Not that many games get people talking about their stories, and few receive as much hype and controversy as Bioshock Infinite. In all the noise of that discussion and analysis, not enough time is spent discussing the actual gameplay. Which is a shame, because I had enough fun playing Infinite to recommend it on its combat’s merits alone. This is a hell of a game, one that cannot live up to the impact of the first game in the series, but I still believe will be remembered as an amazing title that will keep those conversations fueled for years.
It’s 1912. You’re Booker DeWitt, a Pinkerton sent on a quest to retrieve a girl to wipe out his massive gambling debt. That girl is Elizabeth, who is trapped in Columbia, a flying city. Columbia was designed to embody the American dream, but as time went on it became more extreme and finally seceded from the Union. Now it floats over the Atlantic Ocean as a perversion of the American dream, where the founding fathers are worshiped as gods and prejudice is prevalent. Infinite‘s exploration of religion, nationalism, racism, and freedom is much more ambitious than the first Bioshock‘s singular focus on objectivism, and all the greater for it.
Everything isn’t as it seems in Columbia, or at least as you might think a floating city in 1912 might seem. Beyond the social, political, and theological issues you’ll encounter, there are also tears – pockets through space and time that appear throughout your adventure. It furthers the sense of how strange and out-of-place Columbia is, and understanding their nature is not necessarily a twist, but a slow, beautiful revelation that left my jaw on the floor. Settings in games are rarely this expansive and dense, and Columbia, especially with its anachronistic music, will surely stick in my mind for years to come.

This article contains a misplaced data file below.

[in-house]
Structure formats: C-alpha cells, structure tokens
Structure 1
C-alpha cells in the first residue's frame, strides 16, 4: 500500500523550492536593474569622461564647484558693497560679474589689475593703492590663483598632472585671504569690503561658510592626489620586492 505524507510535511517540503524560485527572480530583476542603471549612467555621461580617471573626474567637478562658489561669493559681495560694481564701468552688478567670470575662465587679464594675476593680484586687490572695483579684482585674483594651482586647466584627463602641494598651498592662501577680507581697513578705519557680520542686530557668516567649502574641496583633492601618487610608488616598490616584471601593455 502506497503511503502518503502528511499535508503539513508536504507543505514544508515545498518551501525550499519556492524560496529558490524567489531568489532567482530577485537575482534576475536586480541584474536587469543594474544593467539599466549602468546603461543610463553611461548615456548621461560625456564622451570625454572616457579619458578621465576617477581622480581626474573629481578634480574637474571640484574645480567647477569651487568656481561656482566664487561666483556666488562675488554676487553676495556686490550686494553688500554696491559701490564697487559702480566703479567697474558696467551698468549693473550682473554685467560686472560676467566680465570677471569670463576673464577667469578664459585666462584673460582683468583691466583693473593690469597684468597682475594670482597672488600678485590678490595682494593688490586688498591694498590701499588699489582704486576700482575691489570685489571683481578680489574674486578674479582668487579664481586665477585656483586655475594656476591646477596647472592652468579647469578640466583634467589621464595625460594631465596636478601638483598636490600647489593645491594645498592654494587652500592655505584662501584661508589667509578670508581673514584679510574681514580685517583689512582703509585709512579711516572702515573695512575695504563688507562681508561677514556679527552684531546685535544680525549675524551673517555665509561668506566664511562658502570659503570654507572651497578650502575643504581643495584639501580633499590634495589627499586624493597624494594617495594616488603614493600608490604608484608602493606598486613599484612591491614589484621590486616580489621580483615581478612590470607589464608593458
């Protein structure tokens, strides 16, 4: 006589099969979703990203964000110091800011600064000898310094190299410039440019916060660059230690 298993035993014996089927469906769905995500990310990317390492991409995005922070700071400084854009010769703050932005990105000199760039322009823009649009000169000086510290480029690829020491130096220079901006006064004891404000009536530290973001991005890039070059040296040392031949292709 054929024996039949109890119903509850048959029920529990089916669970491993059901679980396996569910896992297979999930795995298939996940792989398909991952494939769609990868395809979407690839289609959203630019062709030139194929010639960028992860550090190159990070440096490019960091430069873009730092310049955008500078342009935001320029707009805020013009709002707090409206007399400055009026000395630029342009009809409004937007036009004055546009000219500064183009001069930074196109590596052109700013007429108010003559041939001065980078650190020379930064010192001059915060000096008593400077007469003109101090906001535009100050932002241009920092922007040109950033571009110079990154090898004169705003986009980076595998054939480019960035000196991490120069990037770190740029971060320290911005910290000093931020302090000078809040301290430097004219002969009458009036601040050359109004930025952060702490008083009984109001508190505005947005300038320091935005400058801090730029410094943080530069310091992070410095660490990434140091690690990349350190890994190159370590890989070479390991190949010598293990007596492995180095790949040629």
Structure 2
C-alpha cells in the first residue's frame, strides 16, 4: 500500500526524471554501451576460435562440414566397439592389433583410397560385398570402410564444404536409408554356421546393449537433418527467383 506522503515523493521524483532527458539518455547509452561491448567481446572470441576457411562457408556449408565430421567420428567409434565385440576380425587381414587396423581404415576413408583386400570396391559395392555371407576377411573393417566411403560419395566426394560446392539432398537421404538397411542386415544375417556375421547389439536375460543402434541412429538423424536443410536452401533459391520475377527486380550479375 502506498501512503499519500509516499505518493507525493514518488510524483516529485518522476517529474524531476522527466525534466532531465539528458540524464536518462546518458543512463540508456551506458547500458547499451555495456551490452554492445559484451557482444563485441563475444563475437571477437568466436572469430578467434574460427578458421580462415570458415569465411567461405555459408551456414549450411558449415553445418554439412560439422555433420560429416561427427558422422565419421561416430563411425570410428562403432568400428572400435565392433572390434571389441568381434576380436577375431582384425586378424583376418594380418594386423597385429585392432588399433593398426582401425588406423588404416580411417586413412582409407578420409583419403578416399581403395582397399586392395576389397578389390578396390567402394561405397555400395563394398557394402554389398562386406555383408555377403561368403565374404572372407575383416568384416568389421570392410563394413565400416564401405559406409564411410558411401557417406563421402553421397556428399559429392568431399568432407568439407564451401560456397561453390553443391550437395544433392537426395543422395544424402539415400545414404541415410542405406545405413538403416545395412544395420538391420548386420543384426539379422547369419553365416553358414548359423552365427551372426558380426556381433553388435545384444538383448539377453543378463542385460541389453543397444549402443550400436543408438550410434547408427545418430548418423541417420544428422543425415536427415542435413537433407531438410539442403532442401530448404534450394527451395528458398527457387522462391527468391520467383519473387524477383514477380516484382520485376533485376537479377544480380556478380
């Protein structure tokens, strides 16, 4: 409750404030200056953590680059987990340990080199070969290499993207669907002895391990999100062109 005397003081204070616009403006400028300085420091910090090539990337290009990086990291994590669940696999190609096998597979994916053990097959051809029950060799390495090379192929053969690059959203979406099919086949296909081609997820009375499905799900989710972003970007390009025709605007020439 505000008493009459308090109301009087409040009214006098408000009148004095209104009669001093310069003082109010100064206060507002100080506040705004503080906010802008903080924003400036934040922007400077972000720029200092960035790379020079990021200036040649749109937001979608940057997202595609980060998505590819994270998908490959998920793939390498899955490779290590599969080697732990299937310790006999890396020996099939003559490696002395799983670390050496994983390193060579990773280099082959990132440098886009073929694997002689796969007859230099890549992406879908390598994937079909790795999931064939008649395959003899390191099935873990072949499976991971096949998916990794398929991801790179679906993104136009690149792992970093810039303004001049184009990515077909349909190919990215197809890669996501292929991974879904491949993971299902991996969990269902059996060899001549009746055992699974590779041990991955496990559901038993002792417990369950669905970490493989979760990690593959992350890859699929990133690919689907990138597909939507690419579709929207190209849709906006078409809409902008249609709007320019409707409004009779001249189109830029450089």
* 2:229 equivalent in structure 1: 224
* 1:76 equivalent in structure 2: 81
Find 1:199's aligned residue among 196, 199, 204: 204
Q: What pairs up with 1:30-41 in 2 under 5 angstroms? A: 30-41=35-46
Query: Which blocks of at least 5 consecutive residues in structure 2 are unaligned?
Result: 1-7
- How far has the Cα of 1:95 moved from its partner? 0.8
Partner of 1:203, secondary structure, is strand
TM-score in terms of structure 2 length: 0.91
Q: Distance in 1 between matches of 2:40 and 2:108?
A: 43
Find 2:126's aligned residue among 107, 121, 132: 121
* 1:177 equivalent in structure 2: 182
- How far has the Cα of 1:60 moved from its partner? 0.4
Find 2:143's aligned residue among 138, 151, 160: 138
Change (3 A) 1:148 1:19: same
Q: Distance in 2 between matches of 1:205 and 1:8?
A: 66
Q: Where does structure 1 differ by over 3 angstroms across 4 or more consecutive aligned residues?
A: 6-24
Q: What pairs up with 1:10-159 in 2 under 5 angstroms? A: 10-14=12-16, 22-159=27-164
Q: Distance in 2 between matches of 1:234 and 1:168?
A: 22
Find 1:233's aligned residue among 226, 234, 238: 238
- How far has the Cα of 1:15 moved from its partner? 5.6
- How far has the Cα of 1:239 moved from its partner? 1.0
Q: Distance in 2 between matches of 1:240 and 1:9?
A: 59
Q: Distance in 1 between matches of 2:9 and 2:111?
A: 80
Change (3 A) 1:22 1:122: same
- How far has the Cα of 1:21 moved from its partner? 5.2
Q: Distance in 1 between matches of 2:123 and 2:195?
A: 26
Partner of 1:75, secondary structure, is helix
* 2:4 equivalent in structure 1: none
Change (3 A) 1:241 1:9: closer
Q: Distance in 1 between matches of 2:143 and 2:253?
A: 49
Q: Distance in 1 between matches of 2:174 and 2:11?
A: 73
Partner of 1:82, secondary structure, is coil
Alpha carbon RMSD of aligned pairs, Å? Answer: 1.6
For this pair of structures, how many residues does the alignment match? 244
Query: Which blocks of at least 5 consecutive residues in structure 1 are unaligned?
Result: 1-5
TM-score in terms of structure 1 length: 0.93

Once Booker meets Elizabeth, she will be at his side for the majority of the game. Escort quests are just about everybody’s least favorite, and even good examples of this kind of thing, like Alyx from Half Life 2, pretty much just have the escorted get out of the way of the escortee. Elizabeth is better than that. She helps in combat, scrounging healing items and changing the environment using her metaphysical powers to rip things into reality through tears. While you’re exploring, she’ll look around too, interacting with things that amuse her, picking locks, and even pointing out things you should grab. It all goes a long way to create a sense of attachment to Elizabeth, to the point that it feels weird and crippling to not have her around.
Booker can handle himself, however. In traditional Bioshock fashion, he’s all about using a combination of weapons to win a fight. In his right hand, he has a variety of guns, from the practical to the realistic. In his left, he has the power of vigors, this game’s version of plasmids. Vigors let Booker summon swarms of flesh-eating crows or throw around bolts of lightning. It is using both of these together that makes combat in this game special, especially when you introduce the third piece of Booker’s combat trinity: the sky-hook. The sky-hook lets Booker melee enemies in a particularly brutal fashion, but it also lets him hook onto Columbia’s sky-lines and basically roller coaster around the environment. When Infinite puts you in an arena with a variety of enemies, rails to ride, and tears to open, its combat is as fun and engaging as anything else in the genre.
That’s what I love about Bioshock games. Not only are their stories fascinating and, more importantly, only work in the video game world, where the player as agency, but they are first person shooters. They are in the same genre as Call of Duty. And while the whole genre downplays the importance of single player, these games come out without even a multiplayer mode. Is the game perfect? No, I would say there are definitely some aspects, like the fact that the game expects you to constantly be scrounging for supplies, that keep me from saying that. But it is a remarkable game and one I’m still thinking about two days after I beat it. Infinite is definitely an experience anyone who cares about video games should have.